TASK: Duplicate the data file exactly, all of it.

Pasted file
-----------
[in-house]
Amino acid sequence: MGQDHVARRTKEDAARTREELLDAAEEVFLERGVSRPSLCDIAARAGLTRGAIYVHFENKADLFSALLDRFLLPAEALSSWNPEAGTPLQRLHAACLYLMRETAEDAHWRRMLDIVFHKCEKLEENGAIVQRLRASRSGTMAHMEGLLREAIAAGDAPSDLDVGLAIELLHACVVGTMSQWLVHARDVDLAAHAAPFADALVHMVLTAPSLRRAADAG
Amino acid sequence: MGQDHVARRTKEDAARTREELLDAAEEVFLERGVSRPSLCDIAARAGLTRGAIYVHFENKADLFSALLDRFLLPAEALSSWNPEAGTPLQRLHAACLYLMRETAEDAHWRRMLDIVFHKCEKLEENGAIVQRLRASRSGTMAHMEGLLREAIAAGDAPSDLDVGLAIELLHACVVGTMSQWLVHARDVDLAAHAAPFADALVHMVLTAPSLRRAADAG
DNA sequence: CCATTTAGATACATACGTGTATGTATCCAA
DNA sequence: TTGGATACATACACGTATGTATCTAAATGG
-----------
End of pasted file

[in-house]
Amino acid sequence: MGQDHVARRTKEDAARTREELLDAAEEVFLERGVSRPSLCDIAARAGLTRGAIYVHFENKADLFSALLDRFLLPAEALSSWNPEAGTPLQRLHAACLYLMRETAEDAHWRRMLDIVFHKCEKLEENGAIVQRLRASRSGTMAHMEGLLREAIAAGDAPSDLDVGLAIELLHACVVGTMSQWLVHARDVDLAAHAAPFADALVHMVLTAPSLRRAADAG
Amino acid sequence: MGQDHVARRTKEDAARTREELLDAAEEVFLERGVSRPSLCDIAARAGLTRGAIYVHFENKADLFSALLDRFLLPAEALSSWNPEAGTPLQRLHAACLYLMRETAEDAHWRRMLDIVFHKCEKLEENGAIVQRLRASRSGTMAHMEGLLREAIAAGDAPSDLDVGLAIELLHACVVGTMSQWLVHARDVDLAAHAAPFADALVHMVLTAPSLRRAADAG
DNA sequence: CCATTTAGATACATACGTGTATGTATCCAA
DNA sequence: TTGGATACATACACGTATGTATCTAAATGG